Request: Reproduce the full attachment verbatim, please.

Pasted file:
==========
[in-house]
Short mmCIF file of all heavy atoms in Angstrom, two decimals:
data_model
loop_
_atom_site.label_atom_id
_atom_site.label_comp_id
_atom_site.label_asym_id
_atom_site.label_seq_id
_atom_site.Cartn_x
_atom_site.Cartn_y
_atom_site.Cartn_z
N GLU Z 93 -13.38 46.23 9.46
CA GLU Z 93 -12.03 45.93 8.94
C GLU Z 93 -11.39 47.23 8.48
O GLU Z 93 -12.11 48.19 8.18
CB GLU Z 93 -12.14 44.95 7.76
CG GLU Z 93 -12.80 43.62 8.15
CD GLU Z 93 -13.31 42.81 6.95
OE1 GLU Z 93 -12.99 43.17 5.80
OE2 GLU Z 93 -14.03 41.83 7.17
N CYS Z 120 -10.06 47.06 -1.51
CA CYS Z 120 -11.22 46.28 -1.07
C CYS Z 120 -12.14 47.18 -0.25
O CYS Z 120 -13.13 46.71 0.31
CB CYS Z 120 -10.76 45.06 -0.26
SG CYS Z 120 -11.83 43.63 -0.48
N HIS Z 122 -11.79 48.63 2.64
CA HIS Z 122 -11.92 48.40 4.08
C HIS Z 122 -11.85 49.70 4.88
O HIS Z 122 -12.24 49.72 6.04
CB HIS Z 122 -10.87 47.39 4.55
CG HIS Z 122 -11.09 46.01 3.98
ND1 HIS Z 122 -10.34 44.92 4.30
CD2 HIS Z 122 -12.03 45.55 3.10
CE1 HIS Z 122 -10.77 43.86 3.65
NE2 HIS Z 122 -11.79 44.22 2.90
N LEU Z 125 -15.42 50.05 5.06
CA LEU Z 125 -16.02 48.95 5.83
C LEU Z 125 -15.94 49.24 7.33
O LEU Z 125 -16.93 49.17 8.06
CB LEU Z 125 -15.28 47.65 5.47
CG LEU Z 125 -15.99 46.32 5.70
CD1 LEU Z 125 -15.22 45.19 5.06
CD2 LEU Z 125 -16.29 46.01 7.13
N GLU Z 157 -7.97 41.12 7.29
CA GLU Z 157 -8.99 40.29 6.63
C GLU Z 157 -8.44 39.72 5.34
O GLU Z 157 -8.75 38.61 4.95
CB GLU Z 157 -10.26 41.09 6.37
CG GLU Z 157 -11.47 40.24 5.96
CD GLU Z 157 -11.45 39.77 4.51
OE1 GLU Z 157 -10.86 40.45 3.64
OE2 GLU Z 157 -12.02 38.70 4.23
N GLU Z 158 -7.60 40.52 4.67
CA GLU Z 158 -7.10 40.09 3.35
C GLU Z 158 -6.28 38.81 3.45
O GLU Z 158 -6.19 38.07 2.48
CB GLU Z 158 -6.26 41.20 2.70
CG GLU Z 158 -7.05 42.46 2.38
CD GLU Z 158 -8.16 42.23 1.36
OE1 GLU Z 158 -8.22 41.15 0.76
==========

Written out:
[in-house]
Short mmCIF file of all heavy atoms in Angstrom, two decimals:
data_model
loop_
_atom_site.label_atom_id
_atom_site.label_comp_id
_atom_site.label_asym_id
_atom_site.label_seq_id
_atom_site.Cartn_x
_atom_site.Cartn_y
_atom_site.Cartn_z
N GLU Z 93 -13.38 46.23 9.46
CA GLU Z 93 -12.03 45.93 8.94
C GLU Z 93 -11.39 47.23 8.48
O GLU Z 93 -12.11 48.19 8.18
CB GLU Z 93 -12.14 44.95 7.76
CG GLU Z 93 -12.80 43.62 8.15
CD GLU Z 93 -13.31 42.81 6.95
OE1 GLU Z 93 -12.99 43.17 5.80
OE2 GLU Z 93 -14.03 41.83 7.17
N CYS Z 120 -10.06 47.06 -1.51
CA CYS Z 120 -11.22 46.28 -1.07
C CYS Z 120 -12.14 47.18 -0.25
O CYS Z 120 -13.13 46.71 0.31
CB CYS Z 120 -10.76 45.06 -0.26
SG CYS Z 120 -11.83 43.63 -0.48
N HIS Z 122 -11.79 48.63 2.64
CA HIS Z 122 -11.92 48.40 4.08
C HIS Z 122 -11.85 49.70 4.88
O HIS Z 122 -12.24 49.72 6.04
CB HIS Z 122 -10.87 47.39 4.55
CG HIS Z 122 -11.09 46.01 3.98
ND1 HIS Z 122 -10.34 44.92 4.30
CD2 HIS Z 122 -12.03 45.55 3.10
CE1 HIS Z 122 -10.77 43.86 3.65
NE2 HIS Z 122 -11.79 44.22 2.90
N LEU Z 125 -15.42 50.05 5.06
CA LEU Z 125 -16.02 48.95 5.83
C LEU Z 125 -15.94 49.24 7.33
O LEU Z 125 -16.93 49.17 8.06
CB LEU Z 125 -15.28 47.65 5.47
CG LEU Z 125 -15.99 46.32 5.70
CD1 LEU Z 125 -15.22 45.19 5.06
CD2 LEU Z 125 -16.29 46.01 7.13
N GLU Z 157 -7.97 41.12 7.29
CA GLU Z 157 -8.99 40.29 6.63
C GLU Z 157 -8.44 39.72 5.34
O GLU Z 157 -8.75 38.61 4.95
CB GLU Z 157 -10.26 41.09 6.37
CG GLU Z 157 -11.47 40.24 5.96
CD GLU Z 157 -11.45 39.77 4.51
OE1 GLU Z 157 -10.86 40.45 3.64
OE2 GLU Z 157 -12.02 38.70 4.23
N GLU Z 158 -7.60 40.52 4.67
CA GLU Z 158 -7.10 40.09 3.35
C GLU Z 158 -6.28 38.81 3.45
O GLU Z 158 -6.19 38.07 2.48
CB GLU Z 158 -6.26 41.20 2.70
CG GLU Z 158 -7.05 42.46 2.38
CD GLU Z 158 -8.16 42.23 1.36
OE1 GLU Z 158 -8.22 41.15 0.76